Dipping an Oar at Amazon

I entered the following bit into the comments on a negative review of Michael Behe’s new book, The Edge of Evolution: The Search for the Limits of Darwinism. Another commenter had asked about other scientists who held views like Behe’s; were they all in collusion?

You ask, “Are they all in collusion?” The short answer is, “Yes, they are.”

The longer answer would take some time, as I outlined it in a recent keynote talk I gave. The Discovery Institute’s Center for Science and Culture was the sole source of experts who could speak to “intelligent design” as adherents for the 2005 Kitzmiller v. Dover Area School District case. The DI CSC has consistently (and this is one of the few things that they approach consistently) denied that anyone else has spoken accurately concerning the content of “intelligent design” or the other buzzphrases they use for re-packaged and re-labeled religious antievolution arguments. When the DI’s honchos figured out that the KvD case was a looming disaster in the spring of 2005, Bruce Chapman requested the [DI’s] five experts picked by the Thomas More Law Center to participate in the defense to tell TMLC they would not participate. Three out of five complied with Chapman’s request. TMLC’s Richard Thompson complained later that the DI’s interference had harmed their case. The reason that was true was that all the high-profile “intelligent design” advocates are officially associated with the DI CSC, and even the second-tier “experts”, such as the various people called to testify in 2005 before an informal meeting of the Kansas State Board of Education, are almost all linked via the DI’s communication channel, the “phylogenists” email list.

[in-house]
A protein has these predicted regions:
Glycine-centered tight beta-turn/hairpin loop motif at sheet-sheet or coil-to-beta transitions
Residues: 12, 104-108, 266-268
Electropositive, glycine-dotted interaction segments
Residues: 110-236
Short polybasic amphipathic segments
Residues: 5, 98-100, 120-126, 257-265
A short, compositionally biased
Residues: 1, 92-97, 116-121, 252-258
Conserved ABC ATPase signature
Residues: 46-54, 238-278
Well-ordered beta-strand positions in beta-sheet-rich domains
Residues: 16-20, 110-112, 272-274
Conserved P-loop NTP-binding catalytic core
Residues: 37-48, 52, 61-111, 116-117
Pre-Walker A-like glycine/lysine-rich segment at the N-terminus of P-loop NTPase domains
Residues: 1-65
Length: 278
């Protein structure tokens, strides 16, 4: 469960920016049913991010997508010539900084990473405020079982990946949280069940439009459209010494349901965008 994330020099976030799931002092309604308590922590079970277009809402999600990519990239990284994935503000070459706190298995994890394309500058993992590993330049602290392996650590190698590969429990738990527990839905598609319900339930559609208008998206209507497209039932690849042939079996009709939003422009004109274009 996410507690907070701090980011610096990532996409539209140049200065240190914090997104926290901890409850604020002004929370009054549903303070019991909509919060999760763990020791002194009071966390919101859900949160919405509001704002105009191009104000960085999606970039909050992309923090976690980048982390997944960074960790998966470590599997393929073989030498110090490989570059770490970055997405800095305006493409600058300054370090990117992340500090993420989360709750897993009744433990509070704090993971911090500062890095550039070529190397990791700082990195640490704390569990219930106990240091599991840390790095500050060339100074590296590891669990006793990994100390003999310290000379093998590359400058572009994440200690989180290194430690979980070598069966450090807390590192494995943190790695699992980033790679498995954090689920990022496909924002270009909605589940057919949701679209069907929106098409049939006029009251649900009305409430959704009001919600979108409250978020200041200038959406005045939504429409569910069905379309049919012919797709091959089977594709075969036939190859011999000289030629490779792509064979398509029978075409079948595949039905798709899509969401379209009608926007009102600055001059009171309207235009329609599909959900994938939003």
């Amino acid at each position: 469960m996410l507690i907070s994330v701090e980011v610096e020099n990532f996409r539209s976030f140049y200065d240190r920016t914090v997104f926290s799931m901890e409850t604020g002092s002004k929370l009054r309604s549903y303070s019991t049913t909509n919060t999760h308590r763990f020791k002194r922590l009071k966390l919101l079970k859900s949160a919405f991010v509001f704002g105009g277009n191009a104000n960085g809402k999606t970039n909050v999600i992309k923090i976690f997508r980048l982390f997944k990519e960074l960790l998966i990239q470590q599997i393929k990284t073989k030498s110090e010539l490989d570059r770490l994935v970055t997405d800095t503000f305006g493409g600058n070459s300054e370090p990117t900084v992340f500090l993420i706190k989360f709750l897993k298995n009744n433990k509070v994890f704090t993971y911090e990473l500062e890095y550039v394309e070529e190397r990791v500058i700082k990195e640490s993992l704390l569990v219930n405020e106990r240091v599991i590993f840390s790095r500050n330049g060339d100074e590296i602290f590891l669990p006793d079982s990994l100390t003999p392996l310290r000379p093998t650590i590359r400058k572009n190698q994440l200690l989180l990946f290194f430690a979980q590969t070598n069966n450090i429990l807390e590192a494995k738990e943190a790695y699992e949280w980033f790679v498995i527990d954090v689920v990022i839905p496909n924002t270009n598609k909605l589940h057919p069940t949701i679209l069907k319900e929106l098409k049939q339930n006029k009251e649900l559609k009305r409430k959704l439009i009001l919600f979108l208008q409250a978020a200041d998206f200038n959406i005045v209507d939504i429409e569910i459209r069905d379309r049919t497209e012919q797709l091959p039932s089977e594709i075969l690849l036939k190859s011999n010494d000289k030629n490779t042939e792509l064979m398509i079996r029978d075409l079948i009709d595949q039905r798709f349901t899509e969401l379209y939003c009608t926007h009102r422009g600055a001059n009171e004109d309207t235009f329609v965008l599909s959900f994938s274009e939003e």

So, on the one hand, outsiders not approved by the DI CSC cannot speak for “intelligent design”. (An amusing recent case concerned the dismissal of a senior member of the DI’s “Biologic Institute” for going off script during a media interview; apparently not reading the memos can be extremely hazardous to your standing in IDC advocacy.) On the other hand, those who can speak for “intelligent design” are obviously affiliated. See the DI CSC list of “scientists who dissent from Darwinism”; pretty much all the folks who ascribe to a substantial chunk of Behe’s views and hold a Ph.D. are on it.

For comparison, check out the National Center for Science Education’s “Project Steve” list (Google for the page), which is a list that purposely is restricted to a very small subset of all those who might otherwise sign on to the statement.

As for “universal intelligence”, if you are talking about God, then, yes, I am a believer. I also happen to think God takes a dim view of falsehoods, which is part of why I have been a long-time critic of all forms of antievolution.

Wesley R. Elsberry

Falconer. Interdisciplinary researcher: biology and computer science. Photographer. Husband. Christian. Activist.